It was not long ago that Medal of Honor took its first stab on the extremely crowded WWII genre that has been one of the most over developed genres out there. There is no doubt that Medal of Honor made its own unique mark onto the WWII genre, but the last few outings haven’t been as strong. This is really one of those franchises that people adore but have had a lot of difficulty following on its transition from a point A to point B. In other words a linear experience to what EA has been trying to create a more open environment style shooter, and the transition has been nothing short of difficult. Now EA wants to go to the air in the first real paratrooper shooter. But can this concept translate to a great game? Read our full review to find out!
In the past Medal of Honor has really had difficulty adding a pure open environment experience, and I believe they felt the only way to really capture that overall experience they needed to open up the environment. They achieved this by dropping you in via airplane in each level. This concept seemed like a gimmick to me and for the most part its implementation isn’t all that exciting either. But let’s get into the review now starting with the single player portion of the game where really the meat and potatoes are in this game.
So let’s get into the single player action, which starts every mission off with a short cut-scene that then tells you what your main objectives and landing points are going to be for the mission. Then you’re immediately taken the aircraft where nine times out of ten the plane comes under enemy fire and you have to jump out of the plane in a hurry. Your main objective in each jump is to get into a flared landing zone these are considered the safe zones, although that doesn’t always mean they are deserted. So you have to be careful when you make your jump you don’t want to jump into a firefight. However for the most part the jumps lose their charm after the second or third level.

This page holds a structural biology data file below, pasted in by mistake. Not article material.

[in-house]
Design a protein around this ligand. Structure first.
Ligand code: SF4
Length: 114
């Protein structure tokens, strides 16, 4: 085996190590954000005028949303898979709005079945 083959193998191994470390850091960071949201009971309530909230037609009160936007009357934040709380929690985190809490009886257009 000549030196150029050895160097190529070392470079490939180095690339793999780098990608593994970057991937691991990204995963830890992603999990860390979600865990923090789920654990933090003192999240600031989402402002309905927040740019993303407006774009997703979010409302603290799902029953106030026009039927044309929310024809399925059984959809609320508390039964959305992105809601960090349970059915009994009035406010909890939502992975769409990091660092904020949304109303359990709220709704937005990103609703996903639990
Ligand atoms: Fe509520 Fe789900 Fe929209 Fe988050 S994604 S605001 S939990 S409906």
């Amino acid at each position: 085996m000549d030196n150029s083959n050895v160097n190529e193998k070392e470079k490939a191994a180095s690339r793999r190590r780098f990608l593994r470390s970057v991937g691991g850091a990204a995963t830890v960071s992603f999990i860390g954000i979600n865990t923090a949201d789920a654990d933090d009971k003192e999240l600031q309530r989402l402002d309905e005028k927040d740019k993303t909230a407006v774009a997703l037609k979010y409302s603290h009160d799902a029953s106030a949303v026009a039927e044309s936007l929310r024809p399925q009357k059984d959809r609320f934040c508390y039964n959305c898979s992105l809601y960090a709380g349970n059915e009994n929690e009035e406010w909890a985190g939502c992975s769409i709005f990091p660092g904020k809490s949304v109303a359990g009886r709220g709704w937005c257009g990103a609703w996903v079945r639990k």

From the landing point you then are given a list of objectives that you must go and complete in any order, although for the most part you are having to go hit the objectives in a specific order. One of the small snippets that the game does offer up is the weapon upgrade system. At the beginning of each mission you choose three weapons and you will want to upgrade these weapons for quicker load times, higher capacity, and the like. In general, it is not a big deal and like for example I preferred the sniper rifle for 99% of the game so upgrading other weapons didn’t make it as one of my goals in the game.
What I really enjoyed about this game was the variety, there are a lot of different objectives that you will take place in whether it be to infiltrate a certain building, taking out AA guns, or taking out tanks, the game tries to keep things as fresh as possible. To keep things difficult in the game the developers have implemented a pretty straightforward checkpoint system, and although the game saves you completing objectives it usually amounts to you still having to jump out of the plane after dying and this can mean a lot of backtracking. The checkpoint system makes things unnecessarily difficult and also makes the games a bit longer then it probably would have been to. Another issue is hit detection, as mentioned earlier I used the sniper rifle quite a bit and you can see when you’re going to hit an enemy and many times there was some great opportunities for kills and they would somehow miss. This wasn’t a huge issue but did cause some headaches and once again some unneeded deaths.